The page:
Comments Off on Tech Tip Tuesday: Tools Required To Operate Pad Printing Machines
[vc_row][vc_column][vc_column_text]In the traditional sense there are very few tools required to operate pad printing machines. In most cases you will find that a single M4 Allen key will be all that you put to the machine in order to get it setup and functioning.
However there are a few tools outside of formed metal that come in much more handy. Common sense, diligence and a little elbow grease. If the former two attributes are employed, from day one, the latter decreases exponentially as do the issues that impose themselves when allowing the process and machine to get a bit messy.
For instance, one of the leading causes of premature wear of Printing Plates is dried ink between the mount surface of the cliché and the cliché support. Simply wiping both surfaces prior to setup contributes greatly to maximizing the production life of the cliché. When ink infiltrates the surface between the two mating parts, the inkcup tends to work at what becomes a raised portion of the cliché. You will find that a divot will develop as the inkcup shaves away, ever so slightly, the material. The next time the cliché is used, the divot that has developed will catch ink. If near on in the image area the cliché will be rendered useless.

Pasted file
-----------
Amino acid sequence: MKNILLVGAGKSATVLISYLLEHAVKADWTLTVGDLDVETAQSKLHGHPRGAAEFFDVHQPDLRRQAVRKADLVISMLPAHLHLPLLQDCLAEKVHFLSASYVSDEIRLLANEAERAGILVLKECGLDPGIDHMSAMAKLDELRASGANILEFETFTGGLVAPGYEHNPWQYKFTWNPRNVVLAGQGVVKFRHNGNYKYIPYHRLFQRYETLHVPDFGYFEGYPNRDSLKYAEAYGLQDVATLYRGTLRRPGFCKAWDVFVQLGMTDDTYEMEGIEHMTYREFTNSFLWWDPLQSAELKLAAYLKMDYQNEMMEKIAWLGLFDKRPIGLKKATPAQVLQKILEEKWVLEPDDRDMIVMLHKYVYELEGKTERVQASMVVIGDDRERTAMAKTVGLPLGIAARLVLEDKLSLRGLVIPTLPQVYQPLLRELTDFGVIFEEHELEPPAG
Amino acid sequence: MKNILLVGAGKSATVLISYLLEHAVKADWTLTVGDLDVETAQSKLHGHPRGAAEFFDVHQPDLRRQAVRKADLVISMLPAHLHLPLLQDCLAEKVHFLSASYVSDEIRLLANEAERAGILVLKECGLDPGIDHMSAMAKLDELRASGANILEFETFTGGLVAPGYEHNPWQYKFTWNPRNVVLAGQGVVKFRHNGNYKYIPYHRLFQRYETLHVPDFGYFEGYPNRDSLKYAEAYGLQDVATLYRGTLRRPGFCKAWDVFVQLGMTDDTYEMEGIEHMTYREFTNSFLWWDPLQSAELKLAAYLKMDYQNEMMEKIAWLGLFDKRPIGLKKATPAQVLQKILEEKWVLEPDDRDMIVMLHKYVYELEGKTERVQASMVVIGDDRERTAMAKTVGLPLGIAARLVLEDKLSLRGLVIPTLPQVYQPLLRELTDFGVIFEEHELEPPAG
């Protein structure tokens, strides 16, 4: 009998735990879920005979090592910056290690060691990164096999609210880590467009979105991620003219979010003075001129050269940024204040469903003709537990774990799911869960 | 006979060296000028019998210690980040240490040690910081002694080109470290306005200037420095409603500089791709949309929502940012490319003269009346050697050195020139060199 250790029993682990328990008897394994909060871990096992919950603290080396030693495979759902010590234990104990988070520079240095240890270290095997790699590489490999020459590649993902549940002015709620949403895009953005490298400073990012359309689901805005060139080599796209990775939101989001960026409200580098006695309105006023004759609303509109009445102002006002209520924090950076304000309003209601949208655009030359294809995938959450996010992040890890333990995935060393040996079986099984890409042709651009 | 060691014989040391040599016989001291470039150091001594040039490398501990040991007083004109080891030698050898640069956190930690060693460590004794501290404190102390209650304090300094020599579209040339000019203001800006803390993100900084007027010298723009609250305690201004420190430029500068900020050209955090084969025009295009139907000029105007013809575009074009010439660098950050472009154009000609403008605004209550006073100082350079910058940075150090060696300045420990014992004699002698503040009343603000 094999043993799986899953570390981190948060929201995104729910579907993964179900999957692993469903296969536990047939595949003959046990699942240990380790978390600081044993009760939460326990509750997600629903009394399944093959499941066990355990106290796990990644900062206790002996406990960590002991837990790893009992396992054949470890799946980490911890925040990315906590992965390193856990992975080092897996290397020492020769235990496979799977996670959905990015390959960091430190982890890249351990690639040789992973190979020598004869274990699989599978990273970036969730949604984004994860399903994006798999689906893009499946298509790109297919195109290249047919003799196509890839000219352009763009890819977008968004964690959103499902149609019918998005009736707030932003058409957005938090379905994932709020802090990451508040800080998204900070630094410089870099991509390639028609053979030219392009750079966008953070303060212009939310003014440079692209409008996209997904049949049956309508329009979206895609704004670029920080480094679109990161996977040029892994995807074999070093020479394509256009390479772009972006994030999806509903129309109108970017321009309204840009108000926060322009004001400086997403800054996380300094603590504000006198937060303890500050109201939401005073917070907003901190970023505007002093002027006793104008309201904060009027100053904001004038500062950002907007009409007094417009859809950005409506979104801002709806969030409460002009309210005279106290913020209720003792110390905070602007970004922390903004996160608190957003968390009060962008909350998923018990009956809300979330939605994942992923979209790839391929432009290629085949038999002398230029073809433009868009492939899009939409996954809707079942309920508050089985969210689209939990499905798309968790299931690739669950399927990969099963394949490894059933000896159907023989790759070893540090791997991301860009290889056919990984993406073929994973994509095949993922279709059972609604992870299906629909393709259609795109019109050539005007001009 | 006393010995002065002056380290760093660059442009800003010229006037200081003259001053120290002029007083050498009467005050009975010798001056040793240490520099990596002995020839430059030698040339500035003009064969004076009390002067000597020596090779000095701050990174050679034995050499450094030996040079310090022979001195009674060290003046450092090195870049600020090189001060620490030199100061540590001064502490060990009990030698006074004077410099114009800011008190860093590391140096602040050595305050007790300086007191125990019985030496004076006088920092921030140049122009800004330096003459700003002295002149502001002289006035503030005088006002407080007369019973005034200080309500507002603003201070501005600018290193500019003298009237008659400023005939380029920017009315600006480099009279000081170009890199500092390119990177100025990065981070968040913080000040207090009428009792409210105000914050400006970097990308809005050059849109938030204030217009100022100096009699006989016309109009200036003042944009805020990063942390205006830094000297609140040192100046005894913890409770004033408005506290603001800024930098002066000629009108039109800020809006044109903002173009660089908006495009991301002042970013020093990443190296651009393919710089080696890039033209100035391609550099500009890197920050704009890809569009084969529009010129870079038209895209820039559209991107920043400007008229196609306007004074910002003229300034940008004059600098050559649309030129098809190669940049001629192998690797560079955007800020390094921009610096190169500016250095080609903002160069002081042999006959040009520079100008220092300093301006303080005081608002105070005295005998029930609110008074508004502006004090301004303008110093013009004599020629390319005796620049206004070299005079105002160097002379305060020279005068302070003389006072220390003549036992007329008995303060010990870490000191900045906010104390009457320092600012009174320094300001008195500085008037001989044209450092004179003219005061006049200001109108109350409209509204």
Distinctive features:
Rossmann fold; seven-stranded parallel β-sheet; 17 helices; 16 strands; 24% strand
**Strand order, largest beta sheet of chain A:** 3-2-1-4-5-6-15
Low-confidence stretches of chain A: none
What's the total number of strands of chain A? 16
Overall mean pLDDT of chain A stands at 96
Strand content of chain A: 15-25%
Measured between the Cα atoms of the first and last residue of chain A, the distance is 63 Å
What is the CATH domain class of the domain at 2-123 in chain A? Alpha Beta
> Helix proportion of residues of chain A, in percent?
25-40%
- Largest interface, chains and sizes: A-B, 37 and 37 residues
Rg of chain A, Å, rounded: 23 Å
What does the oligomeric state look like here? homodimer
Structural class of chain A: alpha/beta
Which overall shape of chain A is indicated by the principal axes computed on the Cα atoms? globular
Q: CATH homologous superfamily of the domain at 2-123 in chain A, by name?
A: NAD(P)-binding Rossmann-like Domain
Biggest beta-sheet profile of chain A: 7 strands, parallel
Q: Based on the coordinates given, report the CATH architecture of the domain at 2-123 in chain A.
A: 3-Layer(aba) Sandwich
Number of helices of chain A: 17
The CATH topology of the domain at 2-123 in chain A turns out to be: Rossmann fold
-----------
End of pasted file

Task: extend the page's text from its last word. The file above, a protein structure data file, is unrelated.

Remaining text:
Tip number one imparted during all training sessions is to keep the process and equipment as clean as is feasible. Excess ink will seep into places that may seem innocuous at the time but down the road, after the ink has had a chance to dry and cure, it will act as an adhesive and beget many a cuss word as screws are stripped and adjustments made impossible due to parts sticking together.
Cleanliness makes for a happy process!
Want to learn more about pad printing? Contact our Sales Team:
Comments Off on Ink Adhesion Part 3: Ink Mixing, Contamination, Blooming and Mold Release Agents
Before printing on any parts there are several factors which are of vital importance: ink mixing, product cleanliness and substrate additives. Regardless of proper ink preparation and chemistry, surface contamination, blooming and mold release agents may all interfere with your ability to achieve satisfactory adhesion.